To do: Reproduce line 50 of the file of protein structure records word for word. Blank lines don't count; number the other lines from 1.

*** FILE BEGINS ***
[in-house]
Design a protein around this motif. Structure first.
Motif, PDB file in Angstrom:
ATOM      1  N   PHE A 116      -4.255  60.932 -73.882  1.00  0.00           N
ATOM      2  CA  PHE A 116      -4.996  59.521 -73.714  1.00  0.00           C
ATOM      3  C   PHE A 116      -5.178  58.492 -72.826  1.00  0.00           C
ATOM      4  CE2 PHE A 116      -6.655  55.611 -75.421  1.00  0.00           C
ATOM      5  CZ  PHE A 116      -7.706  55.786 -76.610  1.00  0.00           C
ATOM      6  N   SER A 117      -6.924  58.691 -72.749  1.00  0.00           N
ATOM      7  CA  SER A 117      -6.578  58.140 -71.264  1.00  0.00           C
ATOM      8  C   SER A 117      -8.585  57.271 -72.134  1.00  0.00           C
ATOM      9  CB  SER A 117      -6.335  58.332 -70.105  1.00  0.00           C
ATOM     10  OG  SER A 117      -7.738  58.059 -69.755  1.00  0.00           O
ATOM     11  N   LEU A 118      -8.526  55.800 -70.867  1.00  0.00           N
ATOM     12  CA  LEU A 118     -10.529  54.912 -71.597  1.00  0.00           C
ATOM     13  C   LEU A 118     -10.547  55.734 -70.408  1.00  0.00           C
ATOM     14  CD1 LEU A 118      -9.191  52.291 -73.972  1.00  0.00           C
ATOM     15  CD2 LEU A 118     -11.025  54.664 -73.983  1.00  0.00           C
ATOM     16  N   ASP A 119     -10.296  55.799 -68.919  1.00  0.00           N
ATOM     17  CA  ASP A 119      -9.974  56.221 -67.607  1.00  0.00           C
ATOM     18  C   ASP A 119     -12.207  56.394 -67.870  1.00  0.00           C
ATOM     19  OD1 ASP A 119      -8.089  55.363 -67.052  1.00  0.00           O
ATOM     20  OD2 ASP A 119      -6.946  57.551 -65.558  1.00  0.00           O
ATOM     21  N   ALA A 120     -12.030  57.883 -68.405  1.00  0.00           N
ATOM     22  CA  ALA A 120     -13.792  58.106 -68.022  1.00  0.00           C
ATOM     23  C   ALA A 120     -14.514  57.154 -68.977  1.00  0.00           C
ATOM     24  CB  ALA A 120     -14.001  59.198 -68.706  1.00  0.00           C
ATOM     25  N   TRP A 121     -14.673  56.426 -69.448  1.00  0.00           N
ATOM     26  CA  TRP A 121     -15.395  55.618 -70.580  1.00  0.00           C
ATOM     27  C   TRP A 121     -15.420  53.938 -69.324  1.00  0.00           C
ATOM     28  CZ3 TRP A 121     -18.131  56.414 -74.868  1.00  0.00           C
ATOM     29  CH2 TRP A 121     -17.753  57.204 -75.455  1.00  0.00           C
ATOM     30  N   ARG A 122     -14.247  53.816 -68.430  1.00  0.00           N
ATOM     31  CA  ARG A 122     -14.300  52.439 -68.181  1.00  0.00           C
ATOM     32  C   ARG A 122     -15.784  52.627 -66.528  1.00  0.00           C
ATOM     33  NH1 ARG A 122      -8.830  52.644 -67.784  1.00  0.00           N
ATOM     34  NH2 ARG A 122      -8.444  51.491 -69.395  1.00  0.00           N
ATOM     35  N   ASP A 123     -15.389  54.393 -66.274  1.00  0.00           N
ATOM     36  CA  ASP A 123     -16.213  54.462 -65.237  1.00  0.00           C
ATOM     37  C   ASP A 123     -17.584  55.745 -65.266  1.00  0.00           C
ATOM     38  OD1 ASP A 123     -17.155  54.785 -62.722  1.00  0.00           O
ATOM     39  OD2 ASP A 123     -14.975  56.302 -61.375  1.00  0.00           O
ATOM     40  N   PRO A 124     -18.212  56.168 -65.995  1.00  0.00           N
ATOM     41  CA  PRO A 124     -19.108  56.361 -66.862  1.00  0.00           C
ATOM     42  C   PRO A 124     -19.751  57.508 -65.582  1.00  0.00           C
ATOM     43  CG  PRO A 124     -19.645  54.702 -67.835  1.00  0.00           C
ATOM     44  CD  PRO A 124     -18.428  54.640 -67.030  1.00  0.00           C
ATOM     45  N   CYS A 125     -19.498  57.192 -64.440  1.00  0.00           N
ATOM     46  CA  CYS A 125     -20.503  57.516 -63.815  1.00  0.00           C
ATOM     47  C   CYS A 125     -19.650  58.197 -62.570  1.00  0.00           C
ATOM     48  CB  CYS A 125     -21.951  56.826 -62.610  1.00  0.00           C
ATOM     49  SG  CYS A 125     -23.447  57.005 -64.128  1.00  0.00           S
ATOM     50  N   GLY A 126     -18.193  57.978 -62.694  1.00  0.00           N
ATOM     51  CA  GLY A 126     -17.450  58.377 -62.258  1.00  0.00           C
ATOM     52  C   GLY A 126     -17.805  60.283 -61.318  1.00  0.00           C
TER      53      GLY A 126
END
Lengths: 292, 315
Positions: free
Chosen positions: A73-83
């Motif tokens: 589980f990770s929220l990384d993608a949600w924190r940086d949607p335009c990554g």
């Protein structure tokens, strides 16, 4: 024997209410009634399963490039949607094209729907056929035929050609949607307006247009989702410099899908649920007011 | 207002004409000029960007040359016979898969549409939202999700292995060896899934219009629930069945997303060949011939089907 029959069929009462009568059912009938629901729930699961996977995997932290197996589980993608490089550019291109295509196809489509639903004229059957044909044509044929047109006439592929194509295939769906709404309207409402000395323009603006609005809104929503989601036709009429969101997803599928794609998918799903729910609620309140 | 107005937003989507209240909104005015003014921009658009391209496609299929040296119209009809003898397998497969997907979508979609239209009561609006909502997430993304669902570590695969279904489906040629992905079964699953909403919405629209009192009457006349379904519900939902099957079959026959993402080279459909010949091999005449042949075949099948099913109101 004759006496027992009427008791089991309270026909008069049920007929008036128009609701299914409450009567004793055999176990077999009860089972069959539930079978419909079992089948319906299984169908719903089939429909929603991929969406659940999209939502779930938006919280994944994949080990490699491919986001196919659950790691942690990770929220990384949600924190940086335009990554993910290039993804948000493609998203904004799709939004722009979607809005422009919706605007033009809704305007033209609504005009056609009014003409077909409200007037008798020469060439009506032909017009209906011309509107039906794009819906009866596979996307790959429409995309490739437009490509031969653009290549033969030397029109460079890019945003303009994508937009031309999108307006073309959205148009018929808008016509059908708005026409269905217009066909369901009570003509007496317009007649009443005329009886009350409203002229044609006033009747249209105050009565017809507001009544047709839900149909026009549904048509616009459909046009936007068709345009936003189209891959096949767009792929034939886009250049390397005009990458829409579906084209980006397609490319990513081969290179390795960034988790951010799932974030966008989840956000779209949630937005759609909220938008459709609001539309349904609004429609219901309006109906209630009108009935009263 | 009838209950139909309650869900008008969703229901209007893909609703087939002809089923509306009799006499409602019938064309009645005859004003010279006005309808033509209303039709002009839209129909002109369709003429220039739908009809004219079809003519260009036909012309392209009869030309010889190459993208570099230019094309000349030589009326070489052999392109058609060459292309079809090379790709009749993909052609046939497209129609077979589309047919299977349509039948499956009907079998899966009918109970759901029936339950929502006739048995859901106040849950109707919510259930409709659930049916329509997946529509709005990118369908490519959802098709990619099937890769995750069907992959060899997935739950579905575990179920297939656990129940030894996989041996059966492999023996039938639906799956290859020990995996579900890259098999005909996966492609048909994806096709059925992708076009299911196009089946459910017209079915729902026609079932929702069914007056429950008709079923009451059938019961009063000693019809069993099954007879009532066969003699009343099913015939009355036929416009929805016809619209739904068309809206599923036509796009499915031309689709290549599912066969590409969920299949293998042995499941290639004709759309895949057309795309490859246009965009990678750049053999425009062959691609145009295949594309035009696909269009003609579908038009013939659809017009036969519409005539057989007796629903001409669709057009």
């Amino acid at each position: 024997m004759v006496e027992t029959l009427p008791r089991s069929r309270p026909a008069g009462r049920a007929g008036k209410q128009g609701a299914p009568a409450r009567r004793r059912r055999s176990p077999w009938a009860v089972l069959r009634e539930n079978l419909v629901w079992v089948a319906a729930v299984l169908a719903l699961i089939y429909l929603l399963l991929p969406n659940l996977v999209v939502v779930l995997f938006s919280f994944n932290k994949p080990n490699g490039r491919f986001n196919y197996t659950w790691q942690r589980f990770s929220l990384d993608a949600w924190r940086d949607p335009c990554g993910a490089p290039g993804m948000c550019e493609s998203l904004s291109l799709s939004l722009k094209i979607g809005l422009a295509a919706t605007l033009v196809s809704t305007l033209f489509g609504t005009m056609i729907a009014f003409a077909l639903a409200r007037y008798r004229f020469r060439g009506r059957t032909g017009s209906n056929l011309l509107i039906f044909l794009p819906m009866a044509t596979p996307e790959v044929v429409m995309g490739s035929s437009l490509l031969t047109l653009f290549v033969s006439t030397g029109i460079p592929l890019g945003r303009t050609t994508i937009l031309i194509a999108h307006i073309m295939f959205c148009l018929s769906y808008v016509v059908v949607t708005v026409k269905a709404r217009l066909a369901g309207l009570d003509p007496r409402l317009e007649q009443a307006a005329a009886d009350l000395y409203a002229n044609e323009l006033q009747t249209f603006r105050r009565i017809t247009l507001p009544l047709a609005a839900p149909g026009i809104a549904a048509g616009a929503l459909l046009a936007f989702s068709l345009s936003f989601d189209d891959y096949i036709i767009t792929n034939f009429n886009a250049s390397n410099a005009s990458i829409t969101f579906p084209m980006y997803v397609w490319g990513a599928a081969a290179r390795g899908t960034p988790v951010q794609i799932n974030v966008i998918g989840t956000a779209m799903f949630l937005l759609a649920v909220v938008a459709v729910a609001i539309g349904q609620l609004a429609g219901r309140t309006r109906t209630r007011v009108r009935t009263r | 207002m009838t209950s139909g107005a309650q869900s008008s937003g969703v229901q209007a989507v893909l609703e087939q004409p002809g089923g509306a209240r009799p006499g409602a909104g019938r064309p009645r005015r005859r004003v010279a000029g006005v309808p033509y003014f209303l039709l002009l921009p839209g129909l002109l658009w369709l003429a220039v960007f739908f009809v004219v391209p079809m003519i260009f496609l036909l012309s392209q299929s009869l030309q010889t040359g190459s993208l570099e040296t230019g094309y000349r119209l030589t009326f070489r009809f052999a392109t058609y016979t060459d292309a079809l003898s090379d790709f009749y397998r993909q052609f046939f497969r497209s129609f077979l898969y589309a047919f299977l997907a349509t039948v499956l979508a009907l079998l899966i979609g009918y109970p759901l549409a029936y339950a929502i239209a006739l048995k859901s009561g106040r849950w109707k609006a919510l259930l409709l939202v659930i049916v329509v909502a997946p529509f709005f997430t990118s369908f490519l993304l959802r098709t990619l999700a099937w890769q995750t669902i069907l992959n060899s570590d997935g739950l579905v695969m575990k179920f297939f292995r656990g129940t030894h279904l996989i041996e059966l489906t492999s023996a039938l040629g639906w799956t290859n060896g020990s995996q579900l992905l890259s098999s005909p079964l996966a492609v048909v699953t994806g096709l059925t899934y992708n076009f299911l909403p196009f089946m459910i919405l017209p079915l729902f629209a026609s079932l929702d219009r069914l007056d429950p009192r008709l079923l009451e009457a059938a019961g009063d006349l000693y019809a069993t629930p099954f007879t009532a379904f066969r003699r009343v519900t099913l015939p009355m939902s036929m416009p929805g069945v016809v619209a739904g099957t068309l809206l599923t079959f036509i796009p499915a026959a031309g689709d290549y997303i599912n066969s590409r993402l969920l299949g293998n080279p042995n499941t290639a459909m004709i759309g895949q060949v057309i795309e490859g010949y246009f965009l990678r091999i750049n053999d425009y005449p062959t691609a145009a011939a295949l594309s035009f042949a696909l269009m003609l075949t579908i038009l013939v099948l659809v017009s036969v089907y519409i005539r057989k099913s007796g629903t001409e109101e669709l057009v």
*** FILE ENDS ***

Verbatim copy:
ATOM     47  C   CYS A 125     -19.650  58.197 -62.570  1.00  0.00           C